The Fluorescence microscopy

Fluorescence microscopy

Luminescent microscopy is an optical examination of microobjects stained with special dyes (fluorochromes) that emit glow when exposed to ultraviolet rays. For luminescent microscopy, special optical devices and microscopes are used, the main part of which is a source of ultraviolet rays and a system of filters to it.

Fluorochromes, as a rule, fluoresce differently depending on the chemical composition of the structures with which they interact. Some of them have an affinity for certain cellular structures. For example, acridine orange dye stains cell nucleoproteins, auramine - a wax-like substance contained in mycobacteria. Some microobjects do not require preliminary staining with fluorochromes and are studied with fluorescent microscopy without staining. See also Luminescence Analysis, Luminescence.

Luminescent microscopy (fluorescence microscopy) is a special type of microscopy based on the use of own (primary) or induced (secondary) photoluminescence of microscopic objects. The visible luminescence (see) of the drug is excited either by blue-violet light or by ultraviolet rays.


The luminescent microscope is basically a conventional biological microscope equipped with two light filters: one passes only exciting blue or ultraviolet rays (it is placed in front of a light source), the other absorbs these rays and transmits only the longer wavelength luminescence light of the drug (it is installed in a tube or on an eyepiece microscope). The sources of light are mercury quartz lamps of ultrahigh pressure (type DRP1) or incandescent lamps of point type. The bright color glow of objects on a dark background provides a high contrast. Optical-mechanical industry produces special fluorescent microscopes and individual illuminators.

Only a few biologically significant substances have a pronounced intrinsic luminescence in the visible region of the spectrum. These include some pigments (chlorophyll, porphyrins, lipochromes), vitamins A and B2, alkaloids (berberine, quinine, etc.), antibiotics (tetracyclines, etc.), chemotherapeutic and toxic substances. The penetration of these substances into organs and cells, their distribution and transformations can be traced by means of intravital fluorescence microscopy. More often in luminescent microscopy luminescent "coloring" is used with special substances (fluorochromes), the ability to luminesce (luminescent cytochemistry), which gives thin structures of the cell and tissues. So, for example, acridine orange is used for contrasting nuclear structures, detecting nucleic acids, mucopolysaccharides, for detecting microbes and large viruses, for cytodiagnosis, including recognition in smears of cancer cells; auramine 00 serves to identify acid-fast bacteria (tuberculosis, leprosy), rickettsia and some viruses; primuline - for fluorochroming the elementary bodies of viruses and distinguishing between living and dead cells; phosphin ZK, Nile blue and benzpyrene - for the localization of lipids in cells.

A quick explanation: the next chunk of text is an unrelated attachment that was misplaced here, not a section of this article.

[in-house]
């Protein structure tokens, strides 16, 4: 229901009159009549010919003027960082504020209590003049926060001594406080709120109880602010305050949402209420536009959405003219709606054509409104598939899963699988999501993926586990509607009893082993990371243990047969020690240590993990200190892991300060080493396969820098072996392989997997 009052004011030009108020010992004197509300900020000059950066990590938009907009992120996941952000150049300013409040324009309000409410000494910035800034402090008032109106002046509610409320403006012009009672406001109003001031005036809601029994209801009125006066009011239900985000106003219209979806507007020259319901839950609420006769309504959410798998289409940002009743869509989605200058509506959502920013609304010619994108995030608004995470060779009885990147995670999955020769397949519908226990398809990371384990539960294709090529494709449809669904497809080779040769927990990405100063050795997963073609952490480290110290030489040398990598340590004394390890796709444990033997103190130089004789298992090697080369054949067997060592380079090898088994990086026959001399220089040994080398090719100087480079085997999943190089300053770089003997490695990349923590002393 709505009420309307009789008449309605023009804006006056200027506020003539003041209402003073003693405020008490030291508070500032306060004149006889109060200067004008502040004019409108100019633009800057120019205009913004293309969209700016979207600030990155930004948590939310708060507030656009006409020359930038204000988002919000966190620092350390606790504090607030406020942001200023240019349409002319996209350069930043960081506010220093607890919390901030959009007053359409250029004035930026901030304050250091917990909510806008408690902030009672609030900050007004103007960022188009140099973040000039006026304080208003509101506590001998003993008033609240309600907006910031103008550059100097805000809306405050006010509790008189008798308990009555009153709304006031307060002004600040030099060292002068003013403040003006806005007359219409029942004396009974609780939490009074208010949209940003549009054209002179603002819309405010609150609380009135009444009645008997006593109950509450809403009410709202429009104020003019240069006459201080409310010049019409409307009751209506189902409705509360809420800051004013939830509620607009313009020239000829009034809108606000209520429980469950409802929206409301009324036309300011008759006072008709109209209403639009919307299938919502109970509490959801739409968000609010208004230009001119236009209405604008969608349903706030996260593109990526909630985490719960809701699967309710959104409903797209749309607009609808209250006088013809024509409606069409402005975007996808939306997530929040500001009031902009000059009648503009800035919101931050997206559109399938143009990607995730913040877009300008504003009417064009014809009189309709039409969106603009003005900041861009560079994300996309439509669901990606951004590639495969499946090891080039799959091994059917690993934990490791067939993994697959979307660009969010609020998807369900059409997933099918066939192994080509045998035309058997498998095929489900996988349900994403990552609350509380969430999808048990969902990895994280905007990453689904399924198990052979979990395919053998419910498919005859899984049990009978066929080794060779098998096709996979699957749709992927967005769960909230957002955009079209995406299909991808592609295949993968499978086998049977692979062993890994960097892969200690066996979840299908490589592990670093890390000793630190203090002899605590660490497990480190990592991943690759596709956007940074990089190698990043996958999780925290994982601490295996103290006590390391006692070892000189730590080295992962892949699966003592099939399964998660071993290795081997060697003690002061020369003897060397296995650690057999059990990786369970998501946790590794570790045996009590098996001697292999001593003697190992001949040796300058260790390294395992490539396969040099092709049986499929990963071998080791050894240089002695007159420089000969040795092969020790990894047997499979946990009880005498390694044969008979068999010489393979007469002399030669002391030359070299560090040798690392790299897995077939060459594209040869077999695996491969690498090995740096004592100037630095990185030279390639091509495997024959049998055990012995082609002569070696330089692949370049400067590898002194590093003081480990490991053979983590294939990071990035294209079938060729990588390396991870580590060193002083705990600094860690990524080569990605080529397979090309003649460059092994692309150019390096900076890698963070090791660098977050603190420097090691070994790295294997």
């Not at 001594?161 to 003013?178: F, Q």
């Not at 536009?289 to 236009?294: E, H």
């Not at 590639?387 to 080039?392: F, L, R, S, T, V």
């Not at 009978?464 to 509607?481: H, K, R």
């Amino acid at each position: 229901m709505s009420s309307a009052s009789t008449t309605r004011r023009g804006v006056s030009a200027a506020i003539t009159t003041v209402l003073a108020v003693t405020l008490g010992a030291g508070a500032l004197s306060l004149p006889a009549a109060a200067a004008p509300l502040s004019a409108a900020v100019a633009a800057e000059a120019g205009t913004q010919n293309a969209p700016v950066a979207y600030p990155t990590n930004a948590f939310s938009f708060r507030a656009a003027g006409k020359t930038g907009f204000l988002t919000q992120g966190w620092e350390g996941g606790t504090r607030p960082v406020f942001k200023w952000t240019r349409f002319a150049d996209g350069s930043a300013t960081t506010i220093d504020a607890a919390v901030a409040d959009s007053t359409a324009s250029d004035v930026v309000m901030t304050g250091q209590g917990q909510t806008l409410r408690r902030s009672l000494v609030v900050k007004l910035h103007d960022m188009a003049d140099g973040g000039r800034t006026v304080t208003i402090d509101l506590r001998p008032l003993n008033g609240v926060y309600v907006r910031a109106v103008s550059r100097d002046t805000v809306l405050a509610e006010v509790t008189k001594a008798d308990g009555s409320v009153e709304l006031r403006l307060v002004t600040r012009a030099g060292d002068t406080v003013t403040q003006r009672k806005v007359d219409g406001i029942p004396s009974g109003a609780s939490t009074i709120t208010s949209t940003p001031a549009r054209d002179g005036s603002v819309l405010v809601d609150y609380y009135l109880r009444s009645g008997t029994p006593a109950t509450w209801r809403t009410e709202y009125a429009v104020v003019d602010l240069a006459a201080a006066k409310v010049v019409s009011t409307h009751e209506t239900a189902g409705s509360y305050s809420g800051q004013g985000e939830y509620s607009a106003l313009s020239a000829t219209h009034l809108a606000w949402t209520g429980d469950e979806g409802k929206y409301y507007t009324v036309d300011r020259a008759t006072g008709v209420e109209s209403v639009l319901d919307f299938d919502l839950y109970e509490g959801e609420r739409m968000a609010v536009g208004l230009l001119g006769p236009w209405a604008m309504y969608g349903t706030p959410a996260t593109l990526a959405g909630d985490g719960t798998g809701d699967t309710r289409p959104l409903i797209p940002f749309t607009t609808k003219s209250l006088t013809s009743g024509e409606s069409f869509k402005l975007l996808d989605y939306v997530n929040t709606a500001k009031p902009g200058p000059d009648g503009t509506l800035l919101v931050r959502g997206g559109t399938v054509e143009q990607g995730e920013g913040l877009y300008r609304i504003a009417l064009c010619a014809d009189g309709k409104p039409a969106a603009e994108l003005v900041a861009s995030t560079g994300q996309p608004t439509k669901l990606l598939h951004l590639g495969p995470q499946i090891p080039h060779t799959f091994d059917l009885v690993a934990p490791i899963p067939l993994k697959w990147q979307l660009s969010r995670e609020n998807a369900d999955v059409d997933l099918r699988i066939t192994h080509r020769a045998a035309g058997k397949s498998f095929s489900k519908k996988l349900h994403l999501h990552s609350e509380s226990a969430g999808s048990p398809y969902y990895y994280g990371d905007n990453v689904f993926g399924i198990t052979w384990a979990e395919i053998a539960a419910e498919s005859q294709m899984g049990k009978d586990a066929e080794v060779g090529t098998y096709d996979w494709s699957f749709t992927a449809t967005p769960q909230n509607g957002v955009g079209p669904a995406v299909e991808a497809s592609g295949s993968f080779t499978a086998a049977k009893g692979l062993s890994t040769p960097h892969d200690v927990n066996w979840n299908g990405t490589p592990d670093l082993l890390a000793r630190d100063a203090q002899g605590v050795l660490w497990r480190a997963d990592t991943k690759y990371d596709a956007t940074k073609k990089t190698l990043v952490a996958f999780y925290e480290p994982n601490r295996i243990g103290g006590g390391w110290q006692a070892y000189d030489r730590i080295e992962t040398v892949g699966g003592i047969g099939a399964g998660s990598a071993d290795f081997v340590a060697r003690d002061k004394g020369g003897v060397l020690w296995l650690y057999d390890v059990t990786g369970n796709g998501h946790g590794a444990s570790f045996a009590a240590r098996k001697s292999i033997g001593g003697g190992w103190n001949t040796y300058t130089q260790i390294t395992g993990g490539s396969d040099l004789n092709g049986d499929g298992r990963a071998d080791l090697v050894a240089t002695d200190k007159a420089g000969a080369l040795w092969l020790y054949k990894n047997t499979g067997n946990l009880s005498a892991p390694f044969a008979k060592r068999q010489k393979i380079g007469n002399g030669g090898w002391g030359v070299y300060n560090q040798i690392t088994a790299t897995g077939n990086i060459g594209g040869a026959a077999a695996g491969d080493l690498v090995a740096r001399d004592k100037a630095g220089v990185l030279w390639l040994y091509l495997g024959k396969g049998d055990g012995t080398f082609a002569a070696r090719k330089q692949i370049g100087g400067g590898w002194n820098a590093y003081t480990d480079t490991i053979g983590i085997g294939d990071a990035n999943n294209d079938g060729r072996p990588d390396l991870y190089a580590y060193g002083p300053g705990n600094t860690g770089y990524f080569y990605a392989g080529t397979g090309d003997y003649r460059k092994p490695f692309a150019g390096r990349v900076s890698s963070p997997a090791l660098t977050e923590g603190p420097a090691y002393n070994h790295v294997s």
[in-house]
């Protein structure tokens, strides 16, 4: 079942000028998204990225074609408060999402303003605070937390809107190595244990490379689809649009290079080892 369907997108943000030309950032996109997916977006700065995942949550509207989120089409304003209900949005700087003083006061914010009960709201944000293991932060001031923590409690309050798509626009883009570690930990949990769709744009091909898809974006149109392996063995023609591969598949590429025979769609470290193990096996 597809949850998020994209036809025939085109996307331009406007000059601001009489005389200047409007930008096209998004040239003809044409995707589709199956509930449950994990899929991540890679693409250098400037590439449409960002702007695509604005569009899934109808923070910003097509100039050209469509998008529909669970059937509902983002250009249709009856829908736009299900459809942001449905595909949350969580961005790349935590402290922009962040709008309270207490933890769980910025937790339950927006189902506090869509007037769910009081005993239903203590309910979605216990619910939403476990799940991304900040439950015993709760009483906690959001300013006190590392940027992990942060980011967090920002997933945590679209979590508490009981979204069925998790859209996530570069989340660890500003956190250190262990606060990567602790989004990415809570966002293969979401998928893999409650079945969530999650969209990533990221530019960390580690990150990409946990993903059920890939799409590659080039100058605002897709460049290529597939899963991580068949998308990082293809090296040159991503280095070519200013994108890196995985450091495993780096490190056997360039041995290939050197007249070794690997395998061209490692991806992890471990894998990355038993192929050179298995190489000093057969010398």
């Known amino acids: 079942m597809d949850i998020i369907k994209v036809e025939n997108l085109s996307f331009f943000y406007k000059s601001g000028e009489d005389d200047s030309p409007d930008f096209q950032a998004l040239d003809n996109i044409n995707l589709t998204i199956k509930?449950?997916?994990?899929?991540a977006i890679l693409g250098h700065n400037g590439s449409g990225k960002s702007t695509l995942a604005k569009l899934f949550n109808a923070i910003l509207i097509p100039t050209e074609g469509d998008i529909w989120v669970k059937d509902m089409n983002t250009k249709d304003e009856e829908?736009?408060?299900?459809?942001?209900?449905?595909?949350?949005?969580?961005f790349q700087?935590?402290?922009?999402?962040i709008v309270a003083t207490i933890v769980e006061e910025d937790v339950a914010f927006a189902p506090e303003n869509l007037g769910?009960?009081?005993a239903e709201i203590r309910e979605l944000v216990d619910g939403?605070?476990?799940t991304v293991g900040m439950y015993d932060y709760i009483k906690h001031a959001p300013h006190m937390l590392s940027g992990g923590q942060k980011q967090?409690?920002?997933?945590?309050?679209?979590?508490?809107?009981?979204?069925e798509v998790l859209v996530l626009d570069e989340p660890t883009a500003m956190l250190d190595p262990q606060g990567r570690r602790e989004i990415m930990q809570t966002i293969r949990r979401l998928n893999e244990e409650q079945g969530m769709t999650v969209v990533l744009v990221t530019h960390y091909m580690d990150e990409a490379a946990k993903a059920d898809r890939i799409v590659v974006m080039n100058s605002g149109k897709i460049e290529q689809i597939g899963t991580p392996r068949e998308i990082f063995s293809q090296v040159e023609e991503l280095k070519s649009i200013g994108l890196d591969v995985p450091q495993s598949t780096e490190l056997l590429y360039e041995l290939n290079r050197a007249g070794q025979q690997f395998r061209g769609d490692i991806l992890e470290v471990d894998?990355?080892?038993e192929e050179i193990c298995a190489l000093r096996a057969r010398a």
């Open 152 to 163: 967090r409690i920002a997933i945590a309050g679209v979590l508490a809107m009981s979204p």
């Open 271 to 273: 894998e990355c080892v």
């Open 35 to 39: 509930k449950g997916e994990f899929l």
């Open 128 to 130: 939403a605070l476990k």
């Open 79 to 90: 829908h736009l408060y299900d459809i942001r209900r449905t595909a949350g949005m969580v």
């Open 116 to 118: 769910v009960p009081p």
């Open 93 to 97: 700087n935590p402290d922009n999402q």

Luminescence-immunological methods are of particular importance in luminescent microscopy [A. Coons et al., 1942, 1950], based on the use of luminescent labeled specific sera (antibodies). More often fluorochrome isothiocyanate fluorescein serves as a taps. The complex "antibody-fluorochrome" allows to quickly detect, identify and localize even insignificant amounts of corresponding antigens, including viruses, rickettsia, bacteria against the background of extraneous microflora, and also to identify specific proteins, enzymes, polysaccharides in cells and tissues. Along with visual observations and photography in luminescent microscopy, objective registration of intensity, spectra and luminescence output is increasingly used.

A new type of luminescent microscopy is developing in the USSR-the so-called ultraviolet luminescence microscopy, which uses its own ultraviolet invisible object luminescence (E. M. Brumberg), which reflects subtly the features of their physiological state.

Luminescent microscopy of cells and tissues . With luminescent microscopy, one can study the primary (tissues and organs of man and animals have unsharp whitish, blue or blue luminescence) and secondary luminescence of cells and tissues. The study of the secondary luminescence of living and fixed cells and tissues (after their "coloring" with fluorochromes) has become widespread. In the study of living cells, fluorescent substances are used in very small quantities that do not cause toxic effects. In cytological studies, luminescence microscopy is used in the diagnosis of malignant neoplasms in scrapings, punctats, sputum, washing waters. This method allows you to quickly get a brightly colored preparation, in which atypical cells are distinguished by a bright glow, shades of color and structure. Luminescent microscopy is also used in histochemistry. The use of acridine orange allows the detection of nucleic acids, while DNA gives green, and RNA - red fluorescence. The same fluorochrome in unfixed sections helps to reveal mucopolysaccharides, and when this method is modified, mucins. Phosphine 3R, rhodamine B, benzpyrene, etc. reveal in the sections lipids.

See also Microscopy.